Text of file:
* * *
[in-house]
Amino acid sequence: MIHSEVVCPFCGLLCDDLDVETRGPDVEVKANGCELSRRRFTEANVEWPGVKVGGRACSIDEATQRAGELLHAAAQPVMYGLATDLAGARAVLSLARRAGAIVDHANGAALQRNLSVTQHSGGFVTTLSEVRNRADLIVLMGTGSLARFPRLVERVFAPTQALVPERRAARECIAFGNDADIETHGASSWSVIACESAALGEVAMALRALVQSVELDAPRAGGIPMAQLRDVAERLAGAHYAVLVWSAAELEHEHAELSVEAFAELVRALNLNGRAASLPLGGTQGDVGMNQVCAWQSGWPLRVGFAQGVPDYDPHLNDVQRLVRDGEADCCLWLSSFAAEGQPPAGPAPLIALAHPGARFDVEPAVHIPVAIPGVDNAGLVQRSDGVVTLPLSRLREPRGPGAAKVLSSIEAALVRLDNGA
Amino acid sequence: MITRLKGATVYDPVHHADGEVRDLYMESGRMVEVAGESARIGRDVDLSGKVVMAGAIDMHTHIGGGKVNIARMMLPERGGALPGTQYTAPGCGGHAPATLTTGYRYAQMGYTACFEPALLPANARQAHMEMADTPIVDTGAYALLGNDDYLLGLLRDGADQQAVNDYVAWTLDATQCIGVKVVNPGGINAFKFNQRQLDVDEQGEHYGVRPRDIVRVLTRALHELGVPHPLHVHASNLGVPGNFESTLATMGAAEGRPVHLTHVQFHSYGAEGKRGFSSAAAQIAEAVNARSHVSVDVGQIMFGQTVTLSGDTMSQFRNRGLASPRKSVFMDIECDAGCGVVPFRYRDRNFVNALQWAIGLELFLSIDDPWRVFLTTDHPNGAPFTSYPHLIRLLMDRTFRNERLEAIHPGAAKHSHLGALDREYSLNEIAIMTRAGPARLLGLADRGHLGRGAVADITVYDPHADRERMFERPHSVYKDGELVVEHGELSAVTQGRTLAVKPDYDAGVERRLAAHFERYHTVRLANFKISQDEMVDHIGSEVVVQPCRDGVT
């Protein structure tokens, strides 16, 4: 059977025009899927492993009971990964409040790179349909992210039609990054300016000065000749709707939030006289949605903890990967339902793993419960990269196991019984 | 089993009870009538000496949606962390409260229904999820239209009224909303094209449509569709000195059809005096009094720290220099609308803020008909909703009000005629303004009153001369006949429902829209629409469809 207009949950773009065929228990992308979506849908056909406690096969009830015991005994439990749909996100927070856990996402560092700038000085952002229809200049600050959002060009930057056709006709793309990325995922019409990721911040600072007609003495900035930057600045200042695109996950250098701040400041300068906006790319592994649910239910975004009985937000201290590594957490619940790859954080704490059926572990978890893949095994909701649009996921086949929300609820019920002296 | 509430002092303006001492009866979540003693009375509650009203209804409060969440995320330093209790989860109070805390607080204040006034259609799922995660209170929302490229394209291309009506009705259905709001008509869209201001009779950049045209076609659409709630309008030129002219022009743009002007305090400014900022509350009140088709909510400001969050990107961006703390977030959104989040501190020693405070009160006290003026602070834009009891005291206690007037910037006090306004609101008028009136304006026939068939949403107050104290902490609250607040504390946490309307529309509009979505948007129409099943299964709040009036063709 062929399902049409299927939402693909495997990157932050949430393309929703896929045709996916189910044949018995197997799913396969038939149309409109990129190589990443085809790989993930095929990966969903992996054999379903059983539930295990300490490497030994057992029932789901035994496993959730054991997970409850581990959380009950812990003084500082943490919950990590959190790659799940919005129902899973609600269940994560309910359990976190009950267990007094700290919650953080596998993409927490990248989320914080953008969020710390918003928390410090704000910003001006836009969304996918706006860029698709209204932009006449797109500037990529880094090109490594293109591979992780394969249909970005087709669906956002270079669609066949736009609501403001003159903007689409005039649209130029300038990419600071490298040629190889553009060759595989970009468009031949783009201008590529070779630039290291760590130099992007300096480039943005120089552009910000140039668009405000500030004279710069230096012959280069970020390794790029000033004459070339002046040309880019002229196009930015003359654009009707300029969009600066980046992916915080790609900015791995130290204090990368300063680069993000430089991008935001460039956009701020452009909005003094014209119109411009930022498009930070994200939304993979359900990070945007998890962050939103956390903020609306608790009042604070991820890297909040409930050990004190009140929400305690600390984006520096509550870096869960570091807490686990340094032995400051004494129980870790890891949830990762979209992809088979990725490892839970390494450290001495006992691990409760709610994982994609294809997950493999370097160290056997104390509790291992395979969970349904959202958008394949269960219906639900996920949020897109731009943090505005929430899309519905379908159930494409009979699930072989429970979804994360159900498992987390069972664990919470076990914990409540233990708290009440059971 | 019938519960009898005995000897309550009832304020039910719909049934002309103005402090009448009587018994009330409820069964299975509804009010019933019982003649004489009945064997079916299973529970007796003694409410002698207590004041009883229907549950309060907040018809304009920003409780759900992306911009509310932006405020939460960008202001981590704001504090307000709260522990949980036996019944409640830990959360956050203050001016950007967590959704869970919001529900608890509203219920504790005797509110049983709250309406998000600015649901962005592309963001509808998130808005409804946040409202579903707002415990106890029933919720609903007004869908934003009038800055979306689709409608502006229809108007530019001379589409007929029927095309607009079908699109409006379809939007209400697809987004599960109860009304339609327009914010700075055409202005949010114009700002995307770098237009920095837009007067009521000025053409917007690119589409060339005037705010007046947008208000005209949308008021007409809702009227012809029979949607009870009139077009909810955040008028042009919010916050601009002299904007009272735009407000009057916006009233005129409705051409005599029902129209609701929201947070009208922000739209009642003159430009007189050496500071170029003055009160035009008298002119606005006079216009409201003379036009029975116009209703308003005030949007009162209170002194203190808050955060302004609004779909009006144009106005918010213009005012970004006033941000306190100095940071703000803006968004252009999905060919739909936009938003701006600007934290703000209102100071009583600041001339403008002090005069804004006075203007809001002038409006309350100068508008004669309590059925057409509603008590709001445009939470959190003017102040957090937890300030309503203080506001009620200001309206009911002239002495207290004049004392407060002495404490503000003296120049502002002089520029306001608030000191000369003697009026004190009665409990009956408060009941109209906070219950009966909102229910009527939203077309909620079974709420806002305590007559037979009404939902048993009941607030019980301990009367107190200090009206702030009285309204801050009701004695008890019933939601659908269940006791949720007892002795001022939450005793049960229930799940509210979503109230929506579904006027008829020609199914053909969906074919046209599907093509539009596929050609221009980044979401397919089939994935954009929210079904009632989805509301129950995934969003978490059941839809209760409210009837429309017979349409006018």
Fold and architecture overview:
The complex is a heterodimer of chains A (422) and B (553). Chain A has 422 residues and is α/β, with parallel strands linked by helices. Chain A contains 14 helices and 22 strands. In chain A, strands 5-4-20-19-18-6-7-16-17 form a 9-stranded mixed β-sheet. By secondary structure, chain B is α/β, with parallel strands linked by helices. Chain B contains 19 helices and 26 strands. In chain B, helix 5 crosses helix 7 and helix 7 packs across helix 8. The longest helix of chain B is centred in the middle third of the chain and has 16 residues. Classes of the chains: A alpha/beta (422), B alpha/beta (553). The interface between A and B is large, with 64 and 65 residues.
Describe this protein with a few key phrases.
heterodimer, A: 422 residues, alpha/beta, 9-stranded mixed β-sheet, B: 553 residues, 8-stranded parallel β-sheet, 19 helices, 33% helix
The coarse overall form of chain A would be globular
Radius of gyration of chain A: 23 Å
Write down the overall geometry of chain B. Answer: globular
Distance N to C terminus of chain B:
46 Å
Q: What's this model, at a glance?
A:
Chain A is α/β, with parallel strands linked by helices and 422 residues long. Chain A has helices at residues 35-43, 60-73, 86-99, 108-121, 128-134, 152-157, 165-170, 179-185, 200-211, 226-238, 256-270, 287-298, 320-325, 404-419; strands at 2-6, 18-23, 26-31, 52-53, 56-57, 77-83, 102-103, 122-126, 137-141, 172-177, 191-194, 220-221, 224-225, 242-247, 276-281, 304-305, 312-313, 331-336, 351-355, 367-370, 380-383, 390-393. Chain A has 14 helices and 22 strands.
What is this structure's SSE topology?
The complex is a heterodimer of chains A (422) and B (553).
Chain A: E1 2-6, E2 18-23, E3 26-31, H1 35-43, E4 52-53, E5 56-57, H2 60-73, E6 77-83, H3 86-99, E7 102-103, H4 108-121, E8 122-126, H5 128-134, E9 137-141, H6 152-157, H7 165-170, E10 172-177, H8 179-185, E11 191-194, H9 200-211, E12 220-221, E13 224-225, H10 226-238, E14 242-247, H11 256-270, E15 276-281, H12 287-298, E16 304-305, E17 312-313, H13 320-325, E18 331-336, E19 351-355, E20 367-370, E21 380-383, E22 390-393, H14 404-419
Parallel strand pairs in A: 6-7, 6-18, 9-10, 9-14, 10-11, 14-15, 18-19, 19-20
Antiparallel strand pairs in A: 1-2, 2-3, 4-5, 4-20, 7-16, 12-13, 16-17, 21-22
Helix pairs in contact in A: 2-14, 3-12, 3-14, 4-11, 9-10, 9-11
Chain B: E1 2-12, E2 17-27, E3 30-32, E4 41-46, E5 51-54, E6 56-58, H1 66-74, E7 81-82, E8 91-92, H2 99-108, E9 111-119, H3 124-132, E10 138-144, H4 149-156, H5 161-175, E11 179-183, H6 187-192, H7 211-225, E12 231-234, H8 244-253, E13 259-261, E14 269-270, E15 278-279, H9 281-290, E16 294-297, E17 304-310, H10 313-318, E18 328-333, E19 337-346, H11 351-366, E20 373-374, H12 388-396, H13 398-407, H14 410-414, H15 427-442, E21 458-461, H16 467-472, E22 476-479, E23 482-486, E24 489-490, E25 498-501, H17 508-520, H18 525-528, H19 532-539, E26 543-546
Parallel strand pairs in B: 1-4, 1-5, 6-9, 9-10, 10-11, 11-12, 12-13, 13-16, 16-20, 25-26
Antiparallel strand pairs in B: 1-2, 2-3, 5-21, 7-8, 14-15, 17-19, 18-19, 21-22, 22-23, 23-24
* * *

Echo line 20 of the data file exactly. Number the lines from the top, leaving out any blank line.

Parallel strand pairs in A: 6-7, 6-18, 9-10, 9-14, 10-11, 14-15, 18-19, 19-20